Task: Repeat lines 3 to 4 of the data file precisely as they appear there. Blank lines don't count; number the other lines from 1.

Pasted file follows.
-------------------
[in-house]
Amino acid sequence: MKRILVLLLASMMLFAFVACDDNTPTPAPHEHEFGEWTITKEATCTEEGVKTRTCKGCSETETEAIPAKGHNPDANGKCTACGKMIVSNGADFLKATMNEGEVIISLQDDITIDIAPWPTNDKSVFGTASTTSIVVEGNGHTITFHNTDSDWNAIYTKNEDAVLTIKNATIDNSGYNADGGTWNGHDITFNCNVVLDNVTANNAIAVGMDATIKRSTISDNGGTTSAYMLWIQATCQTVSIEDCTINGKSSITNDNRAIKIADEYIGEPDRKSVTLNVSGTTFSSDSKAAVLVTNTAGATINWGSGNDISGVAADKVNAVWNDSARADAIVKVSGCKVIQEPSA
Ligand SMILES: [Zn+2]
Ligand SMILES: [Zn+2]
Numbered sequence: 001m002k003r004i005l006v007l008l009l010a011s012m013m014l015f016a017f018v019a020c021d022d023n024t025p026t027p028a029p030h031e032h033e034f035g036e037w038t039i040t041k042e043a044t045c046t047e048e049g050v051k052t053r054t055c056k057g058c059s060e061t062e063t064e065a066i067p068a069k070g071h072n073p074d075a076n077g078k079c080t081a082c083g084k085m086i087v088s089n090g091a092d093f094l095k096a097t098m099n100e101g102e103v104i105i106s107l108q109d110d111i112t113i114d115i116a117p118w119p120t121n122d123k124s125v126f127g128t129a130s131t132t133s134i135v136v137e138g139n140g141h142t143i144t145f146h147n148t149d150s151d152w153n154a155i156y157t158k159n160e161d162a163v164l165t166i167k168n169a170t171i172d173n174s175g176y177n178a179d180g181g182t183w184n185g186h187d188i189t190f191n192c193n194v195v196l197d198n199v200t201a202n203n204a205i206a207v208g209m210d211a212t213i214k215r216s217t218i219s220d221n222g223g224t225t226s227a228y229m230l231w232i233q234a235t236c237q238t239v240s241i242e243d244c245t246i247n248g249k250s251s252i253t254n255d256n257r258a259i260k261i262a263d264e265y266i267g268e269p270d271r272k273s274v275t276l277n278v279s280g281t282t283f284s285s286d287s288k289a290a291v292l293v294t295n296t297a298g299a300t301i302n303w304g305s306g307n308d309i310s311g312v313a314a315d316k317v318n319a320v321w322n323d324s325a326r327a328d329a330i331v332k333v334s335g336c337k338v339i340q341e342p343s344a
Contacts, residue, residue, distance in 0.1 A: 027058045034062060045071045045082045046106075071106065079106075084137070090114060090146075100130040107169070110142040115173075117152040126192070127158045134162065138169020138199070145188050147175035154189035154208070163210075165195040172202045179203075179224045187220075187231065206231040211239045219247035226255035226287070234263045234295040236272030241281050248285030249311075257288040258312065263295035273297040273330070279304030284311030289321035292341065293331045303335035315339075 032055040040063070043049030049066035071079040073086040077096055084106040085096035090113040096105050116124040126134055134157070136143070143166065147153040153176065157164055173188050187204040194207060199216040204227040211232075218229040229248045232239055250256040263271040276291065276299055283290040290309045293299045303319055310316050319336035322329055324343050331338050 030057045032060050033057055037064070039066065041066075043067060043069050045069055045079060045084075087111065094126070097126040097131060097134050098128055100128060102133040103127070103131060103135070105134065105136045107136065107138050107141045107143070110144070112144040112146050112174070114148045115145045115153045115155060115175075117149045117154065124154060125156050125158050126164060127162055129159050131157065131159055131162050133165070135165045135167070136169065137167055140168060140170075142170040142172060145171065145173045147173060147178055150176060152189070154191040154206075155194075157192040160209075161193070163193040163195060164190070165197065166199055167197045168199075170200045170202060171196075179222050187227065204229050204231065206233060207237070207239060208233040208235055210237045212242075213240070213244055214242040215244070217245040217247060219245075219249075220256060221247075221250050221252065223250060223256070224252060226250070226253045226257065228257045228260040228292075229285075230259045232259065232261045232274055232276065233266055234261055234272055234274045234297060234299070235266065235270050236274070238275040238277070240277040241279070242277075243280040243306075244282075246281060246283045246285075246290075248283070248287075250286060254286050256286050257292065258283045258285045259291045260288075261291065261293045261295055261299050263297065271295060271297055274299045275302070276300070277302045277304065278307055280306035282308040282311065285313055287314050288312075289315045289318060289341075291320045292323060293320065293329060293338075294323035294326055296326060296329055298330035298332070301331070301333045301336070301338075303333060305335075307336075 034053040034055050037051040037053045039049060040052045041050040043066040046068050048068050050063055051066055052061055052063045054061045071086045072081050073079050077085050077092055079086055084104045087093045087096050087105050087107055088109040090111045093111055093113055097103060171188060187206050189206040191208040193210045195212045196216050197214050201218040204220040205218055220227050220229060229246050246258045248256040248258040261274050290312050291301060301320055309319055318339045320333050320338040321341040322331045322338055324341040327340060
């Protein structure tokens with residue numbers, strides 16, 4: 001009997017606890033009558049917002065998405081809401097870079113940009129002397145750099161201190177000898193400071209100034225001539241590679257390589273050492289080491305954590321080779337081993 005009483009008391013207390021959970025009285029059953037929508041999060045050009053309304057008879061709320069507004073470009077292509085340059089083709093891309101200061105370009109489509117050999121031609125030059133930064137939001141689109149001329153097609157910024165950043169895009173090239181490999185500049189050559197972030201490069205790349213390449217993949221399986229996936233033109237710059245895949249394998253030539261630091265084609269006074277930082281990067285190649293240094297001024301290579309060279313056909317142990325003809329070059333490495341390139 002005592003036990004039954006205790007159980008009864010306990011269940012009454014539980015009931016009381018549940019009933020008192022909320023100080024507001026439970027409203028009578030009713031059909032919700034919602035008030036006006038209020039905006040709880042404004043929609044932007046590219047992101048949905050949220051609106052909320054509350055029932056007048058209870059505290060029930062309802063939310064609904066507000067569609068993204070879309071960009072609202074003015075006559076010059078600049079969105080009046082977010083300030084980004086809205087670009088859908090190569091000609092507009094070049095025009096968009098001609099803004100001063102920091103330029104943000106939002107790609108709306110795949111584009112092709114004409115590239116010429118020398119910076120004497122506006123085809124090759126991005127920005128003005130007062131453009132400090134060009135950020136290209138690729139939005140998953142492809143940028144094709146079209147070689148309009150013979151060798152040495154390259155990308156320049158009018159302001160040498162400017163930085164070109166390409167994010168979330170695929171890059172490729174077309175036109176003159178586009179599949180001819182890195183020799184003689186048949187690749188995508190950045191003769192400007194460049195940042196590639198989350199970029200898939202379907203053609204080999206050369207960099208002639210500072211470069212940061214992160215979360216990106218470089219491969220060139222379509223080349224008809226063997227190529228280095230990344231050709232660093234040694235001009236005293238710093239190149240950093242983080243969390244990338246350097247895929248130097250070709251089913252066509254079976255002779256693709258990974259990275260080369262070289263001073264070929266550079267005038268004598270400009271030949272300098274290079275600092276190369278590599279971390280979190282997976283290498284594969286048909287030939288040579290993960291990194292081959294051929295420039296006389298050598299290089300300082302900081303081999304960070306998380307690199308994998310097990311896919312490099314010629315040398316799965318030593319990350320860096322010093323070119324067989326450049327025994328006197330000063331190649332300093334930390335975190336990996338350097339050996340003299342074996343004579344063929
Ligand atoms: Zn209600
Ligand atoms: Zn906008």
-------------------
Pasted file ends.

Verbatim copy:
Ligand SMILES: [Zn+2]
Ligand SMILES: [Zn+2]